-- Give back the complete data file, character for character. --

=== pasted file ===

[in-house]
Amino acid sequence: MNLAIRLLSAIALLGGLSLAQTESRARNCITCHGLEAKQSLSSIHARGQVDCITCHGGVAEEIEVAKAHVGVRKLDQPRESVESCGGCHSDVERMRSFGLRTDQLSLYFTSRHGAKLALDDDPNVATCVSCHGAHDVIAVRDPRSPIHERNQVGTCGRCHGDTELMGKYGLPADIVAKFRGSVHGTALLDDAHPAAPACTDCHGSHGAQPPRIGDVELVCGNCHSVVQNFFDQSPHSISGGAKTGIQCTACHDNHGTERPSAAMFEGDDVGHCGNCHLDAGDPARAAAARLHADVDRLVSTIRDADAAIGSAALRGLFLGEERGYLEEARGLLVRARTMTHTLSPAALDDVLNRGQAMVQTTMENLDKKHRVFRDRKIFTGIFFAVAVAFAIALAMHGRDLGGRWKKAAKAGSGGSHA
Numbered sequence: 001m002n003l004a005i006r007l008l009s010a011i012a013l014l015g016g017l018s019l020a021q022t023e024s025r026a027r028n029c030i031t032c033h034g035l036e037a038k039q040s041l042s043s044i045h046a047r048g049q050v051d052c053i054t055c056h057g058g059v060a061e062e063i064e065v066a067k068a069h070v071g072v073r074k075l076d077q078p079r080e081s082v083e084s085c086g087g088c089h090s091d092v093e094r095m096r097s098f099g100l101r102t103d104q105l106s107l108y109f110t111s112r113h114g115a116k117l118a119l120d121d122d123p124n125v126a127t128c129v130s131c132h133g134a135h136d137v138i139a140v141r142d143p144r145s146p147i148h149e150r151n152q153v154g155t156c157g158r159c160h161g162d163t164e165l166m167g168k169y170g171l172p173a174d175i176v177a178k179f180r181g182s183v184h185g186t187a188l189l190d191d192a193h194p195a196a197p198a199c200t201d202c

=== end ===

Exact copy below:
[in-house]
Amino acid sequence: MNLAIRLLSAIALLGGLSLAQTESRARNCITCHGLEAKQSLSSIHARGQVDCITCHGGVAEEIEVAKAHVGVRKLDQPRESVESCGGCHSDVERMRSFGLRTDQLSLYFTSRHGAKLALDDDPNVATCVSCHGAHDVIAVRDPRSPIHERNQVGTCGRCHGDTELMGKYGLPADIVAKFRGSVHGTALLDDAHPAAPACTDCHGSHGAQPPRIGDVELVCGNCHSVVQNFFDQSPHSISGGAKTGIQCTACHDNHGTERPSAAMFEGDDVGHCGNCHLDAGDPARAAAARLHADVDRLVSTIRDADAAIGSAALRGLFLGEERGYLEEARGLLVRARTMTHTLSPAALDDVLNRGQAMVQTTMENLDKKHRVFRDRKIFTGIFFAVAVAFAIALAMHGRDLGGRWKKAAKAGSGGSHA
Numbered sequence: 001m002n003l004a005i006r007l008l009s010a011i012a013l014l015g016g017l018s019l020a021q022t023e024s025r026a027r028n029c030i031t032c033h034g035l036e037a038k039q040s041l042s043s044i045h046a047r048g049q050v051d052c053i054t055c056h057g058g059v060a061e062e063i064e065v066a067k068a069h070v071g072v073r074k075l076d077q078p079r080e081s082v083e084s085c086g087g088c089h090s091d092v093e094r095m096r097s098f099g100l101r102t103d104q105l106s107l108y109f110t111s112r113h114g115a116k117l118a119l120d121d122d123p124n125v126a127t128c129v130s131c132h133g134a135h136d137v138i139a140v141r142d143p144r145s146p147i148h149e150r151n152q153v154g155t156c157g158r159c160h161g162d163t164e165l166m167g168k169y170g171l172p173a174d175i176v177a178k179f180r181g182s183v184h185g186t187a188l189l190d191d192a193h194p195a196a197p198a199c200t201d202c